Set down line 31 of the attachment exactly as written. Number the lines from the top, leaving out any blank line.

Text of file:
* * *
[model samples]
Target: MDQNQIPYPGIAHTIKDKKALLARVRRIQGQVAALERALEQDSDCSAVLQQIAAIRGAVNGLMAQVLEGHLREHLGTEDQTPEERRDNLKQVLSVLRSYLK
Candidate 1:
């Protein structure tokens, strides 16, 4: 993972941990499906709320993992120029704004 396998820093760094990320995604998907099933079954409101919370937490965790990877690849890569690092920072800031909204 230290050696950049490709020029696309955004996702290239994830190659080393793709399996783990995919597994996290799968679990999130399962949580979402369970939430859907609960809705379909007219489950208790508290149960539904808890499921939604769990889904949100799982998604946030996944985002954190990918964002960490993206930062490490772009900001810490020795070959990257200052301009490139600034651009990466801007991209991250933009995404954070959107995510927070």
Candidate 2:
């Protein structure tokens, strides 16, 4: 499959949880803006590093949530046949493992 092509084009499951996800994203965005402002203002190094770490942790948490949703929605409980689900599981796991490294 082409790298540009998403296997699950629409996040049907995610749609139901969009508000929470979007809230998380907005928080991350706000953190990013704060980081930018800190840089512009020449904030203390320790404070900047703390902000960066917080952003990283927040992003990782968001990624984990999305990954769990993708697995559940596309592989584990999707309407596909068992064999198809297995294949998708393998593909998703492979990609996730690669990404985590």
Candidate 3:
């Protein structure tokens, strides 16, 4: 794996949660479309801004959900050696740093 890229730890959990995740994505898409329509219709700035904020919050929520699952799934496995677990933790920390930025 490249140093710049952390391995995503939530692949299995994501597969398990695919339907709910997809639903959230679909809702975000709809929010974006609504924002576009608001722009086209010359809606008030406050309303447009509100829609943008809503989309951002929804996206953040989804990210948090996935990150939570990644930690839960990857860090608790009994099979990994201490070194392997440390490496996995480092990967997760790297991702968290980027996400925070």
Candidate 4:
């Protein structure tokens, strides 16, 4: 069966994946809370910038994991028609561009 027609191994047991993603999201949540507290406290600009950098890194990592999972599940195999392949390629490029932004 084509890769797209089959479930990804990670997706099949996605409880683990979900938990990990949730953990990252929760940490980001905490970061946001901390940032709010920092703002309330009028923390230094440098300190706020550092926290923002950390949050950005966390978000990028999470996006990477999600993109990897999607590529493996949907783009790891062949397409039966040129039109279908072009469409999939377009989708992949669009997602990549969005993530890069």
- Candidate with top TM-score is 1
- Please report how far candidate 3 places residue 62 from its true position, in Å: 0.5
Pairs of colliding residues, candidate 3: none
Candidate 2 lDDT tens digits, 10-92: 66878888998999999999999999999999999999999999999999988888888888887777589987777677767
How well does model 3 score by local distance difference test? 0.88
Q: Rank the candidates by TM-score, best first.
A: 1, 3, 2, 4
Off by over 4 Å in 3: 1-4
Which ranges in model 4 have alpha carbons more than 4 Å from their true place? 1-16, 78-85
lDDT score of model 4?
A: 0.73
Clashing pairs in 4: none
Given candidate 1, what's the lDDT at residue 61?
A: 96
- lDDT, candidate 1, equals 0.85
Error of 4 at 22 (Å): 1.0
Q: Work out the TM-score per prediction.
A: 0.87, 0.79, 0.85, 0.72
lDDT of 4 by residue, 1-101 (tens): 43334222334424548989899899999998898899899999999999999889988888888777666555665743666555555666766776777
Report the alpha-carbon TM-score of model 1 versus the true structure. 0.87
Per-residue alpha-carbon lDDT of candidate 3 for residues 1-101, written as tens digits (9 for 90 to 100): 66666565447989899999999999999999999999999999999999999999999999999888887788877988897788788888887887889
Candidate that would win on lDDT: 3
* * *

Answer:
Per-residue alpha-carbon lDDT of candidate 3 for residues 1-101, written as tens digits (9 for 90 to 100): 66666565447989899999999999999999999999999999999999999999999999999888887788877988897788788888887887889